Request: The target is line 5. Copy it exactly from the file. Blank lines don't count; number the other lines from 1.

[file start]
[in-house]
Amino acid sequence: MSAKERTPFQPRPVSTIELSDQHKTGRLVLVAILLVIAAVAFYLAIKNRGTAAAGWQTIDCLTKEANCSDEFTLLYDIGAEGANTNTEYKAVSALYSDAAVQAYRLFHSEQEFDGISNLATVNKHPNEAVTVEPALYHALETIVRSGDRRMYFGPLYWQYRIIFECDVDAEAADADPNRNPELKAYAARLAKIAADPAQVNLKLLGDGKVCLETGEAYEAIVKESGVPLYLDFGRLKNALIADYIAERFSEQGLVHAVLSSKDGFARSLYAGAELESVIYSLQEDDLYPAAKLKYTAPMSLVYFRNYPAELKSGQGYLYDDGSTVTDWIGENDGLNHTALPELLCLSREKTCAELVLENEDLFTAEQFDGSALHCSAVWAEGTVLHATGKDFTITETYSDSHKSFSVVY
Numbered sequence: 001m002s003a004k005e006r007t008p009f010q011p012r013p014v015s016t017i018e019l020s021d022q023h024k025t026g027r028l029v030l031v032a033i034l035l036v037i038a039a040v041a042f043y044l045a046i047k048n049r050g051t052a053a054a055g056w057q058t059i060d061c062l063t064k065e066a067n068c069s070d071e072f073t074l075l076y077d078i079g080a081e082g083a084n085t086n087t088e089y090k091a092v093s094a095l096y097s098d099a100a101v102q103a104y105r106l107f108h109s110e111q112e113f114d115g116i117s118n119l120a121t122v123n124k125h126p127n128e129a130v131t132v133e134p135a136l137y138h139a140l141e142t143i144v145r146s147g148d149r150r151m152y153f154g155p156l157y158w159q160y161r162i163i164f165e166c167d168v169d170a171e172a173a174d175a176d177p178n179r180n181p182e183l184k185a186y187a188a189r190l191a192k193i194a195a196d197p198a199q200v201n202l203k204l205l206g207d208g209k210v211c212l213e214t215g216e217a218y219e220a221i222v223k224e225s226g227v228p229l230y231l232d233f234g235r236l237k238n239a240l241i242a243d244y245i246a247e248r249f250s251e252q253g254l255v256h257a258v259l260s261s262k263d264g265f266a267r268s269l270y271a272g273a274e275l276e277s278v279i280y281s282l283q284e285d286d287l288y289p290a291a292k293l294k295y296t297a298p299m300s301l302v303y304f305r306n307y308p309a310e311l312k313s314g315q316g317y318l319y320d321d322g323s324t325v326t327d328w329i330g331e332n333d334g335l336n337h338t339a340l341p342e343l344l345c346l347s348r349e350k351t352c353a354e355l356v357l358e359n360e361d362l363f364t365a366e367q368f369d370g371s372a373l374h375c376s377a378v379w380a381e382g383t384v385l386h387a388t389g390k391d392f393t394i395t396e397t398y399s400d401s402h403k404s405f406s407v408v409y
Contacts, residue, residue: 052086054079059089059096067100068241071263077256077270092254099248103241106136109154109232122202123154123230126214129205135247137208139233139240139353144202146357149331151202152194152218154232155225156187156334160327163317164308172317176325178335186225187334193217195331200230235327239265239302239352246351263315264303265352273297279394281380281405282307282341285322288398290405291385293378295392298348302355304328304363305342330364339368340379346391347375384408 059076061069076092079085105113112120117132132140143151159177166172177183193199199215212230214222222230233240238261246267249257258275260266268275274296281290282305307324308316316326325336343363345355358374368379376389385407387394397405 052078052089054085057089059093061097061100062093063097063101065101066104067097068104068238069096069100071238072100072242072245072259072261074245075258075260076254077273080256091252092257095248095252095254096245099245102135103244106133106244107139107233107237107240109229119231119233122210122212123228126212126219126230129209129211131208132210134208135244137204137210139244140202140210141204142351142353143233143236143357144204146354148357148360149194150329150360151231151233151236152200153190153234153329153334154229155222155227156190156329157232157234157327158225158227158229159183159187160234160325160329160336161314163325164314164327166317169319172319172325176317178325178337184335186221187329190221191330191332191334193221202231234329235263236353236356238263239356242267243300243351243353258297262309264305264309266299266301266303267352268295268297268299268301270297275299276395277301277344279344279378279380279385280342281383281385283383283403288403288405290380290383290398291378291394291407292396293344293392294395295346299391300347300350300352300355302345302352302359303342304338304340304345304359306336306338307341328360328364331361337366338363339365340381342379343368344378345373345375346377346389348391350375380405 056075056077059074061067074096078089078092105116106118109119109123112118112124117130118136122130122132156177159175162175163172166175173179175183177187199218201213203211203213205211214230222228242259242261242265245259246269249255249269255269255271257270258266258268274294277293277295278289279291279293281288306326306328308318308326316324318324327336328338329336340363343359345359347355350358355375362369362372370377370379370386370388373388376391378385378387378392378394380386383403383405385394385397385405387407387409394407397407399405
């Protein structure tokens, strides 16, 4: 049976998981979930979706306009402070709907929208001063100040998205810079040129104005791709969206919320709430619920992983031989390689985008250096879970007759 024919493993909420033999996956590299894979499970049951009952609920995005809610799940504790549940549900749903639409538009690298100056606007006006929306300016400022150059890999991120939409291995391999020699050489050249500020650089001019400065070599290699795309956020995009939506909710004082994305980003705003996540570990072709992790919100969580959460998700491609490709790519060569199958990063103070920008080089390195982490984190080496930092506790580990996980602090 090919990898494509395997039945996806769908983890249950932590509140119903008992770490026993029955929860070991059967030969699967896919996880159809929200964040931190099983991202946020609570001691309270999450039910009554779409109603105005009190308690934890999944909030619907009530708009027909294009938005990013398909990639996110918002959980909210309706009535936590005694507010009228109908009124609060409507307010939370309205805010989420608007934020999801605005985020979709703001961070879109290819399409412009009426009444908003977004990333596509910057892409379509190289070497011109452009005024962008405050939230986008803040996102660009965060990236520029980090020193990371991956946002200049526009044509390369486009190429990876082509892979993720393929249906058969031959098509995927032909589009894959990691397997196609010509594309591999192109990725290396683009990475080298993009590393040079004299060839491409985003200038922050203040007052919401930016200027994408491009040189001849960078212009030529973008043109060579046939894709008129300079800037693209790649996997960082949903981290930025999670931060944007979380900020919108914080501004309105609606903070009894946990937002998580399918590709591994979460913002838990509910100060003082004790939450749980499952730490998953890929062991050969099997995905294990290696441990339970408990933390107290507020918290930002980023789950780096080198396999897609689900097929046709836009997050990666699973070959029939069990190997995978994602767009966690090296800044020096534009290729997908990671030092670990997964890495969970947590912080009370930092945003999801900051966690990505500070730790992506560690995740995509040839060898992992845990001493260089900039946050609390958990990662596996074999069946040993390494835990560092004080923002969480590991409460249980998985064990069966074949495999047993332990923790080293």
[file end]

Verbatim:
């Protein structure tokens, strides 16, 4: 049976998981979930979706306009402070709907929208001063100040998205810079040129104005791709969206919320709430619920992983031989390689985008250096879970007759 024919493993909420033999996956590299894979499970049951009952609920995005809610799940504790549940549900749903639409538009690298100056606007006006929306300016400022150059890999991120939409291995391999020699050489050249500020650089001019400065070599290699795309956020995009939506909710004082994305980003705003996540570990072709992790919100969580959460998700491609490709790519060569199958990063103070920008080089390195982490984190080496930092506790580990996980602090 090919990898494509395997039945996806769908983890249950932590509140119903008992770490026993029955929860070991059967030969699967896919996880159809929200964040931190099983991202946020609570001691309270999450039910009554779409109603105005009190308690934890999944909030619907009530708009027909294009938005990013398909990639996110918002959980909210309706009535936590005694507010009228109908009124609060409507307010939370309205805010989420608007934020999801605005985020979709703001961070879109290819399409412009009426009444908003977004990333596509910057892409379509190289070497011109452009005024962008405050939230986008803040996102660009965060990236520029980090020193990371991956946002200049526009044509390369486009190429990876082509892979993720393929249906058969031959098509995927032909589009894959990691397997196609010509594309591999192109990725290396683009990475080298993009590393040079004299060839491409985003200038922050203040007052919401930016200027994408491009040189001849960078212009030529973008043109060579046939894709008129300079800037693209790649996997960082949903981290930025999670931060944007979380900020919108914080501004309105609606903070009894946990937002998580399918590709591994979460913002838990509910100060003082004790939450749980499952730490998953890929062991050969099997995905294990290696441990339970408990933390107290507020918290930002980023789950780096080198396999897609689900097929046709836009997050990666699973070959029939069990190997995978994602767009966690090296800044020096534009290729997908990671030092670990997964890495969970947590912080009370930092945003999801900051966690990505500070730790992506560690995740995509040839060898992992845990001493260089900039946050609390958990990662596996074999069946040993390494835990560092004080923002969480590991409460249980998985064990069966074949495999047993332990923790080293």